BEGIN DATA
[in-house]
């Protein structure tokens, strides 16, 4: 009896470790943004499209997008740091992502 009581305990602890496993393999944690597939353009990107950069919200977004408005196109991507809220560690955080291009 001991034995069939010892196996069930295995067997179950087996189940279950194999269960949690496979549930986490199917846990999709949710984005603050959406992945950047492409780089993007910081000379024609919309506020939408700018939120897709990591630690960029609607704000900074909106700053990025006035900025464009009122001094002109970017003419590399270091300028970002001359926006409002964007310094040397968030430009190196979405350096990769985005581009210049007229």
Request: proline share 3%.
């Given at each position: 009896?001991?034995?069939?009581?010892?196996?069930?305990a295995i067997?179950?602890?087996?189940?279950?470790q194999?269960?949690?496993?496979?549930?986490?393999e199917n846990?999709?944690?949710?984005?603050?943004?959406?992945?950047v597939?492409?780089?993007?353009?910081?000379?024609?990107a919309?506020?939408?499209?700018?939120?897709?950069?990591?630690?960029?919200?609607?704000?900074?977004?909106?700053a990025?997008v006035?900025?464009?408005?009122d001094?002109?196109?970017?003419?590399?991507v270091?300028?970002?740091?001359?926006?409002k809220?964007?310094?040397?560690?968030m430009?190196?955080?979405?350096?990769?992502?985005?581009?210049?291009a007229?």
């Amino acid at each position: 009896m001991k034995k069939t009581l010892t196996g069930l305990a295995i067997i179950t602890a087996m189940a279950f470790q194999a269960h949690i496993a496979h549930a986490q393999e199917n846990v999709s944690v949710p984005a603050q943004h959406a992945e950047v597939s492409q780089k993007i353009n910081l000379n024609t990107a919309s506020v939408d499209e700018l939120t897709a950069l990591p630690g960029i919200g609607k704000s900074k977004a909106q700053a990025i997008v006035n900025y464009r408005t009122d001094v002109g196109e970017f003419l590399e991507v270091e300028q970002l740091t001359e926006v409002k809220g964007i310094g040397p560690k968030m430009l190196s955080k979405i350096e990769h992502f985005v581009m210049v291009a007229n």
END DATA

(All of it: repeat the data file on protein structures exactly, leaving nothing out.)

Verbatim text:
[in-house]
């Protein structure tokens, strides 16, 4: 009896470790943004499209997008740091992502 009581305990602890496993393999944690597939353009990107950069919200977004408005196109991507809220560690955080291009 001991034995069939010892196996069930295995067997179950087996189940279950194999269960949690496979549930986490199917846990999709949710984005603050959406992945950047492409780089993007910081000379024609919309506020939408700018939120897709990591630690960029609607704000900074909106700053990025006035900025464009009122001094002109970017003419590399270091300028970002001359926006409002964007310094040397968030430009190196979405350096990769985005581009210049007229």
Request: proline share 3%.
């Given at each position: 009896?001991?034995?069939?009581?010892?196996?069930?305990a295995i067997?179950?602890?087996?189940?279950?470790q194999?269960?949690?496993?496979?549930?986490?393999e199917n846990?999709?944690?949710?984005?603050?943004?959406?992945?950047v597939?492409?780089?993007?353009?910081?000379?024609?990107a919309?506020?939408?499209?700018?939120?897709?950069?990591?630690?960029?919200?609607?704000?900074?977004?909106?700053a990025?997008v006035?900025?464009?408005?009122d001094?002109?196109?970017?003419?590399?991507v270091?300028?970002?740091?001359?926006?409002k809220?964007?310094?040397?560690?968030m430009?190196?955080?979405?350096?990769?992502?985005?581009?210049?291009a007229?």
């Amino acid at each position: 009896m001991k034995k069939t009581l010892t196996g069930l305990a295995i067997i179950t602890a087996m189940a279950f470790q194999a269960h949690i496993a496979h549930a986490q393999e199917n846990v999709s944690v949710p984005a603050q943004h959406a992945e950047v597939s492409q780089k993007i353009n910081l000379n024609t990107a919309s506020v939408d499209e700018l939120t897709a950069l990591p630690g960029i919200g609607k704000s900074k977004a909106q700053a990025i997008v006035n900025y464009r408005t009122d001094v002109g196109e970017f003419l590399e991507v270091e300028q970002l740091t001359e926006v409002k809220g964007i310094g040397p560690k968030m430009l190196s955080k979405i350096e990769h992502f985005v581009m210049v291009a007229n």